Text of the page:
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Who foots the bill for commercial loss during Covid?

  • Northern Ireland

    19-05-2021

    The COVID-19 pandemic (the “Pandemic”) has had a massive effect on all areas of life, in Northern Ireland and elsewhere in the world. In particular the retail, leisure and hospitality industries have been badly affected. We have seen businesses forced to close their doors to customers in order to comply with government restrictions, with consequential loss of profits.

    In recognition of the difficulties faced by businesses, the government enacted a series of measures, to include the Coronavirus Act 2020 and the Corporate Insolvency and Governance Act 2020. Most will no doubt be familiar with these pieces of legislation, and the restrictions they place on the forfeiture of commercial leases, and presentation of winding up petitions and statutory demands, respectively. At the time of drafting this article, these measures are extended until 30 June 2021.

    Whilst these measures were welcomed by many businesses, where does this leave Landlords of commercial premises? On whom should the financial burden of the pandemic fall? And does there remain an obligation on Tenants to pay rent?

    The recent decisions in England and Wales of Bank of New York Mellon (International) Ltd and v Cine-UK Ltd and others [2021] EWHC 1013 (QB) and Commerz Real Investmentgesellschaft mbH v TFS Stores Limited [2021] EWHC 863 (Ch) confirm that businesses remain liable to pay the accumulated rent, despite the myriad of difficulties faced. In this article we will only discuss the former, given the court’s extensive review of the potential arguments a commercial tenant could raise, which encompasses those arguments raised in TFS Stores.

    The facts - what happened in Bank of New York Mellon (International) Ltd v Cine-UK Ltd and others?

    The landlord applied for summary judgement against the tenants (a cinema, bingo hall and retail business) given the accrual of rental arrears. The tenants’ premises had been shut from March 2020 in line with government restrictions, and whilst they may have been able to open for certain periods with restrictions, they had taken the view it was not commercially feasible to do so.

    What did the tenant argue in Court and how were these dealt with?

    1. The Code of Practice for Landlords and Tenants of Commercial Property, June 2020 (the “Code”)

    Whilst this strongly encourages communication and negotiation between landlords and tenants in arrears situations, it does not mandate same. The Code stipulates that tenants in a position to pay rent should and the existence of the Code did not prevent landlords issuing proceedings to recover rent.

    2. Rent cesser/suspension clauses

    Many contracts include a standard clause whereby if access to the premises is destroyed or damaged by an insured risk, the requirement to pay rent is suspended. However closure or inability to trade during the pandemic did not result in physical damage or destruction of the premises, therefore rent remained payable.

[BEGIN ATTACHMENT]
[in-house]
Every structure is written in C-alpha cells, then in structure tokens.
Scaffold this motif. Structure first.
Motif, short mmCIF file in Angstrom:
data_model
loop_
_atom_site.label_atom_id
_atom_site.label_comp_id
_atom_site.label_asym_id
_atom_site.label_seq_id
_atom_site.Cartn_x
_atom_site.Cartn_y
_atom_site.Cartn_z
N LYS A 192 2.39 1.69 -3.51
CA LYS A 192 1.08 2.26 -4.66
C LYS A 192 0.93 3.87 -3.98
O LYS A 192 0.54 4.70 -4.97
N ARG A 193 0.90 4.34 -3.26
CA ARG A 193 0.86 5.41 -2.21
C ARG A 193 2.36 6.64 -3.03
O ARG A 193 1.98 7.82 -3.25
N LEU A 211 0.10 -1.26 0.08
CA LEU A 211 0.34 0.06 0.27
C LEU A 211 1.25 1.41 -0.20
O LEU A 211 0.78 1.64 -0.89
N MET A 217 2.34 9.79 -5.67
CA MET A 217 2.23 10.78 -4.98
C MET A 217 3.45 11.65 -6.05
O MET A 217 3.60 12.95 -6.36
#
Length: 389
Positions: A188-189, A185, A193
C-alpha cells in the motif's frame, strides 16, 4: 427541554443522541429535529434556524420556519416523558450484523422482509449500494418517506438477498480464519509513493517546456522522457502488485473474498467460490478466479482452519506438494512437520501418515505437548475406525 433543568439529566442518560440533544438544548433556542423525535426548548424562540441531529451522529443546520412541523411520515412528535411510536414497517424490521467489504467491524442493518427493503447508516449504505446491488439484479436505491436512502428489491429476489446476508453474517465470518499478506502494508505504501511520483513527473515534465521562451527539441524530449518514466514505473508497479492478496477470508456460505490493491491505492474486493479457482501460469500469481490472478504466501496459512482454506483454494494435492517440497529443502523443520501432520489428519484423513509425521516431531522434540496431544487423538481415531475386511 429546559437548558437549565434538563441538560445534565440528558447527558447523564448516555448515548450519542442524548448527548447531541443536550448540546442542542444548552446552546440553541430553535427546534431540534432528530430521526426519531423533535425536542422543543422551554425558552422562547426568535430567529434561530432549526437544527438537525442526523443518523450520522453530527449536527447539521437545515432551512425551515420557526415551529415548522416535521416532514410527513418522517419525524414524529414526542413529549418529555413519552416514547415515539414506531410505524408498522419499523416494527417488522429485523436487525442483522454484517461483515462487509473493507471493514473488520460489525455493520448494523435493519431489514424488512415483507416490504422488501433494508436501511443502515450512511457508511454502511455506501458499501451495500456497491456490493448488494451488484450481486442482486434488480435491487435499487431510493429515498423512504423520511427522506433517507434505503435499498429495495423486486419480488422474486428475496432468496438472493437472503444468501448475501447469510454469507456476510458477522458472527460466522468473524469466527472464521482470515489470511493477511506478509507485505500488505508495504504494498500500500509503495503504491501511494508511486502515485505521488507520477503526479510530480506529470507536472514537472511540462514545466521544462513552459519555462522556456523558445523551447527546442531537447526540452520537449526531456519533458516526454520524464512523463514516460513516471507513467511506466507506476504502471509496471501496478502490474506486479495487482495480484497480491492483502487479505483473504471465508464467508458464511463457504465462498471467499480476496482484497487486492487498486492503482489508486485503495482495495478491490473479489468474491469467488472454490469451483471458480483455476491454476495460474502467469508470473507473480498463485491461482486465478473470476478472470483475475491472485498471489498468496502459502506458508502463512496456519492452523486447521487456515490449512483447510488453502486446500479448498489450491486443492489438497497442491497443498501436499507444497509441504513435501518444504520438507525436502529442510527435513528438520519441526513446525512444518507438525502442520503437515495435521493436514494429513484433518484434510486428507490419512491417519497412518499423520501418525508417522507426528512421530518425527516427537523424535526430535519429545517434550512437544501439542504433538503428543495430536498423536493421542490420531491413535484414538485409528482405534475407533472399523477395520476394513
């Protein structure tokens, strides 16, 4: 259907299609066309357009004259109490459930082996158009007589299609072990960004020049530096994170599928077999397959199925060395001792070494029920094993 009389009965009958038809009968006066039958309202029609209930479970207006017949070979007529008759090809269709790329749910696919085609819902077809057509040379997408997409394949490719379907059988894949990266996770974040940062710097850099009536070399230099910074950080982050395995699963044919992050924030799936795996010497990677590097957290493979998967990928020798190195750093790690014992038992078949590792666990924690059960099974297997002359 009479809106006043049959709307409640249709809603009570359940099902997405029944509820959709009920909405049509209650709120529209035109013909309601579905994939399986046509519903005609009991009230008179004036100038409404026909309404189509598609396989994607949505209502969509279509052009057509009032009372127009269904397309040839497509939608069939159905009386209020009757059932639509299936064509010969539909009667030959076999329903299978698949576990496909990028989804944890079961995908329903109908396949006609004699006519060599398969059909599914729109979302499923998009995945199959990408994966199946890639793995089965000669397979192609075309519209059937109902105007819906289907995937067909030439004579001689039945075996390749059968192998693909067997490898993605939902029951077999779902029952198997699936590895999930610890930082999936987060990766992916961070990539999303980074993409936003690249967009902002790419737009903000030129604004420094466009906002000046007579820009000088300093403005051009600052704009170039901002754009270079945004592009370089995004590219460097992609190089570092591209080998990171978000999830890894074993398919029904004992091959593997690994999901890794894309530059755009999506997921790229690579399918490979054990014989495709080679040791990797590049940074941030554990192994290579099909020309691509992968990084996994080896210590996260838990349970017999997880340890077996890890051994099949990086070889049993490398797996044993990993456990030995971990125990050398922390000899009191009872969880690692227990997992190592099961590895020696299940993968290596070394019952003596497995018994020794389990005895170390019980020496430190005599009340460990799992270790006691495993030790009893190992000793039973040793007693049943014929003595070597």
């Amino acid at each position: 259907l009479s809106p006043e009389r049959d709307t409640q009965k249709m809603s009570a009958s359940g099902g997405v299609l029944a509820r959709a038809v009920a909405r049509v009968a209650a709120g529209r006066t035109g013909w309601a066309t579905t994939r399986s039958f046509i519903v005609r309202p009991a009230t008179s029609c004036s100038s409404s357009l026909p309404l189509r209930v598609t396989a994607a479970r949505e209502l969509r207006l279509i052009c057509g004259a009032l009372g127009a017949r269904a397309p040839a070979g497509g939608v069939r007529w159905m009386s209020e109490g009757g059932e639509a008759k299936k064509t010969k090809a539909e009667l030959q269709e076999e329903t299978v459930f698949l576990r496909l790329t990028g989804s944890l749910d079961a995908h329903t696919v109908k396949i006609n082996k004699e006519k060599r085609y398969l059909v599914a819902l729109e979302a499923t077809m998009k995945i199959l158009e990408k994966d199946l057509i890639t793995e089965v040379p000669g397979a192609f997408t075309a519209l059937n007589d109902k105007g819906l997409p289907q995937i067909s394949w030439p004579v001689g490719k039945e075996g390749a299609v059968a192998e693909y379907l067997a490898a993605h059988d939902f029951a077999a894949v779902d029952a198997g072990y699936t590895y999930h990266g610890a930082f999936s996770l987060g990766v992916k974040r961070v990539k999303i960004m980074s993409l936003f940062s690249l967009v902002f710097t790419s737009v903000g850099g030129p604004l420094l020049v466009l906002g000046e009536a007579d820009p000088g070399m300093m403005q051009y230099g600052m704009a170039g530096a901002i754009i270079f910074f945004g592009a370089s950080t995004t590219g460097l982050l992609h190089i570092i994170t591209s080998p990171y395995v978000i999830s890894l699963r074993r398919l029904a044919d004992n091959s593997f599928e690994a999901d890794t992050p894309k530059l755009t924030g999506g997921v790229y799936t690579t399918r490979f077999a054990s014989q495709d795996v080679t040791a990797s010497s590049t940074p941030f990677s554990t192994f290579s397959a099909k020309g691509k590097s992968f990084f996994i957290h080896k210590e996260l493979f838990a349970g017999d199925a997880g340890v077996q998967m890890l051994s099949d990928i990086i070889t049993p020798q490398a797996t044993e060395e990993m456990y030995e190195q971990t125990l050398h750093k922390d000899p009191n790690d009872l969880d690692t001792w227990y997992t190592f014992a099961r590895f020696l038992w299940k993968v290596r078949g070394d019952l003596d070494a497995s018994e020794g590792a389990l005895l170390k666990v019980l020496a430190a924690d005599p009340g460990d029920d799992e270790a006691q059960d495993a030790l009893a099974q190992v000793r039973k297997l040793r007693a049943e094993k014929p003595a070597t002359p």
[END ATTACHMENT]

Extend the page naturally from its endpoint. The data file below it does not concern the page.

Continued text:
3. Wholly unforeseeable

    It wasn’t appropriate to imply/interpret the rent cesser clause to cover closure or inability to trade, as throughout history there have been such pandemics, including more recently SARS. These were professionally drafted documents, which covered a number of different scenarios and were intended to constitute the whole agreement between the parties.

    Further, the tenants could have purchased business interruption insurance to insure against such a loss.

    4. The landlord’s insurance, which covered interruption/interference with business following human infections/contagious diseases, the costs of which the tenants contributed to, should cover the loss of rent

    The insurance only covered the loss of rent that was no-longer recoverable from the tenants. As the Tenants were withholding the rent, given the cesser clause was not triggered, the landlord could still recover the rent, and the insurer was not compelled to pay.

    5. Temporary Frustration

    The court found there is no such thing as temporary frustration.

    What did the court decide?

    The tenants’ above arguments were dismissed by the court, resulting in summary judgment being granted to the landlord.

    Practical implications

    Whilst this judgement (and the similar finding in the TFS Stores case) were made in England and Wales, and therefore not binding on the courts in Northern Ireland, they are likely to be highly persuasive and indicate how the courts in Northern Ireland will deal with such matters.

    The government (which includes the Stormont Executive) in enacting the above legislation prevented landlords from taking radical steps to remove tenants during the pandemic, but it did not preclude landlords from recovering rent through the court process and these decisions make clear that the obligation to repay the rent accrued during the pandemic remains live, despite the hardships suffered.

    Landlords should however remain cognisant of the commercial considerations in dealing with their tenants, as we hopefully approach an end point to this pandemic. Rental arrears will largely be unrecoverable from an insolvent company.

    For more information, please contact

    Gareth Planck, Partner in Real Estate - GarethPlanck@eversheds-sutherland.ie 

    Emily Paisley, Associate in Dispute Resolution & Litigation - EmilyPaisley@eversheds-sutherland.ie

    This information is for guidance purposes only and should not be regarded as a substitute for taking legal advice. Please refer to the full terms and conditions on our website.

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